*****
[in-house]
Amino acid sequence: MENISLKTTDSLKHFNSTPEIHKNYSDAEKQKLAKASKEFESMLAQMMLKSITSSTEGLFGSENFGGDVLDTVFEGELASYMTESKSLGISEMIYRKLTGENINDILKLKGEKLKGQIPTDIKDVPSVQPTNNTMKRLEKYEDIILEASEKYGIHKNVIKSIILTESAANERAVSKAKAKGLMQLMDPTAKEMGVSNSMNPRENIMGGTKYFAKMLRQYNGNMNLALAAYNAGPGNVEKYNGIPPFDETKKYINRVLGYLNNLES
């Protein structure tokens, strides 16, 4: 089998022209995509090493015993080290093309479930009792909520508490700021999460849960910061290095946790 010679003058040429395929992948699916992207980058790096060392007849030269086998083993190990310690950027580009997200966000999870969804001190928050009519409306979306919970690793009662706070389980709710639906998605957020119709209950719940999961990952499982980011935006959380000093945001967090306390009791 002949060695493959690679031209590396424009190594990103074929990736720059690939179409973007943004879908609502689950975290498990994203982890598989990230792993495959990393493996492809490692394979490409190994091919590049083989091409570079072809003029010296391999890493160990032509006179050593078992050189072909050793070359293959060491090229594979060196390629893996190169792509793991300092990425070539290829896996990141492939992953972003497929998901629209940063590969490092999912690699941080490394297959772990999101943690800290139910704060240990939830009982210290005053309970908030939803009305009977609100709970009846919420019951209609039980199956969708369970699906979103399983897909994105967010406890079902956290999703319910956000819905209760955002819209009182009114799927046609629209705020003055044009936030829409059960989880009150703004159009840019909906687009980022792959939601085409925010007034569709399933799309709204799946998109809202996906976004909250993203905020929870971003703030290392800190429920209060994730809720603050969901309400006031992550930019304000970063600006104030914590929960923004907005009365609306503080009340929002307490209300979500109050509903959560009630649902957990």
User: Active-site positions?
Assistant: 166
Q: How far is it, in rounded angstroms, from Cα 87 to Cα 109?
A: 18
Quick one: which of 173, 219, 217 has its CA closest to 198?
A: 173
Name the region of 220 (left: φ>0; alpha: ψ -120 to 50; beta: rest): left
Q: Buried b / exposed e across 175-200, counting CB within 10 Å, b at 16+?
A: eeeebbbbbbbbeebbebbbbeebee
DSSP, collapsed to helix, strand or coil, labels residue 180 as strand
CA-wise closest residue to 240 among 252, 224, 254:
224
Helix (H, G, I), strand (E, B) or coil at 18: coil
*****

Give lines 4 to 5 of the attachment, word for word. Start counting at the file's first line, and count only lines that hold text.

User: Active-site positions?
Assistant: 166